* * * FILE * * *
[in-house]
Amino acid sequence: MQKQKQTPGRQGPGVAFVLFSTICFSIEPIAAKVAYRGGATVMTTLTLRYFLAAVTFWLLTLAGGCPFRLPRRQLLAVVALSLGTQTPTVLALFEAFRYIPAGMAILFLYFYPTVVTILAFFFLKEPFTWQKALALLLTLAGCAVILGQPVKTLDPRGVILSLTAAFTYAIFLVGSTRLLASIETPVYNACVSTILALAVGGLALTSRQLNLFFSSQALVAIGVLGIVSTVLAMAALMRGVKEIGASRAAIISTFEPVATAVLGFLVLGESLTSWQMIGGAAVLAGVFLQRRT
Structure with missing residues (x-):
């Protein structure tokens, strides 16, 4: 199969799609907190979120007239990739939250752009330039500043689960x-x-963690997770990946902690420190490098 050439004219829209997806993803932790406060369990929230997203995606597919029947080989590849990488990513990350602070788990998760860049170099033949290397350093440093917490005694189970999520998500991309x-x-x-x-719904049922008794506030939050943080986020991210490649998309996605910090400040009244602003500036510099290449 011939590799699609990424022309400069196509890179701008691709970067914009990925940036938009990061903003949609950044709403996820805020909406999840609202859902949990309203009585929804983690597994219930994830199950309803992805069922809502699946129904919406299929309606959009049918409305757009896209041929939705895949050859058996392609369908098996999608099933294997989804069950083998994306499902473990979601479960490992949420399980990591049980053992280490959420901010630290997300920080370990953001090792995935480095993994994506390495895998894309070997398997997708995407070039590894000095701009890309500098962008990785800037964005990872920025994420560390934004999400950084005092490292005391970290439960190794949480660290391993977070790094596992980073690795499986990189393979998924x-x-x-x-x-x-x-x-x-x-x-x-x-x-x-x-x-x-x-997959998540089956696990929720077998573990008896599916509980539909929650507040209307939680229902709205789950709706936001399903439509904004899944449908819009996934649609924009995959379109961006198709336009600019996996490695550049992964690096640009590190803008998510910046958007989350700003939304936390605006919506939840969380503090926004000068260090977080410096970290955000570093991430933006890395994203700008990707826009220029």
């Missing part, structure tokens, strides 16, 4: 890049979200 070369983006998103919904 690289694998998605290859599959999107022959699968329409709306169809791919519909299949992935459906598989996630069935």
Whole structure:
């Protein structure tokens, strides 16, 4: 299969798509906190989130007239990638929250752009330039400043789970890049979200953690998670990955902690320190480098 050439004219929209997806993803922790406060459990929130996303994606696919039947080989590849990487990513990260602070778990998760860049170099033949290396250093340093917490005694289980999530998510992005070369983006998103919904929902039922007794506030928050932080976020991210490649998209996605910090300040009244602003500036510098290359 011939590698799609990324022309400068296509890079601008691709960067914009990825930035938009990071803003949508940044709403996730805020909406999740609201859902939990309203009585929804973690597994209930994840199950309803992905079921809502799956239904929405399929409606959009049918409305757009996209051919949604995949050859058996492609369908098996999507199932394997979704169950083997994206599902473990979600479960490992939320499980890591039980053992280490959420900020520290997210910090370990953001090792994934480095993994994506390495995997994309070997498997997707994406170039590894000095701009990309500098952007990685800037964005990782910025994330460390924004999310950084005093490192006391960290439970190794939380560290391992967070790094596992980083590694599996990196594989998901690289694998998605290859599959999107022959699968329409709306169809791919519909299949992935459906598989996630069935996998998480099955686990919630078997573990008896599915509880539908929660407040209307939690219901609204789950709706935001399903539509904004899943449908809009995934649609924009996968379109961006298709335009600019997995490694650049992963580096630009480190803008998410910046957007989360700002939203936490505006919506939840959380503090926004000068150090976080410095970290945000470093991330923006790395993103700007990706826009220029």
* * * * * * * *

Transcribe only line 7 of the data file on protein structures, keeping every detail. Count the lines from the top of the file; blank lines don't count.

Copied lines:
């Protein structure tokens, strides 16, 4: 299969798509906190989130007239990638929250752009330039400043789970890049979200953690998670990955902690320190480098 050439004219929209997806993803922790406060459990929130996303994606696919039947080989590849990487990513990260602070778990998760860049170099033949290396250093340093917490005694289980999530998510992005070369983006998103919904929902039922007794506030928050932080976020991210490649998209996605910090300040009244602003500036510098290359 011939590698799609990324022309400068296509890079601008691709960067914009990825930035938009990071803003949508940044709403996730805020909406999740609201859902939990309203009585929804973690597994209930994840199950309803992905079921809502799956239904929405399929409606959009049918409305757009996209051919949604995949050859058996492609369908098996999507199932394997979704169950083997994206599902473990979600479960490992939320499980890591039980053992280490959420900020520290997210910090370990953001090792994934480095993994994506390495995997994309070997498997997707994406170039590894000095701009990309500098952007990685800037964005990782910025994330460390924004999310950084005093490192006391960290439970190794939380560290391992967070790094596992980083590694599996990196594989998901690289694998998605290859599959999107022959699968329409709306169809791919519909299949992935459906598989996630069935996998998480099955686990919630078997573990008896599915509880539908929660407040209307939690219901609204789950709706935001399903539509904004899943449908809009995934649609924009996968379109961006298709335009600019997995490694650049992963580096630009480190803008998410910046957007989360700002939203936490505006919506939840959380503090926004000068150090976080410095970290945000470093991330923006790395993103700007990706826009220029």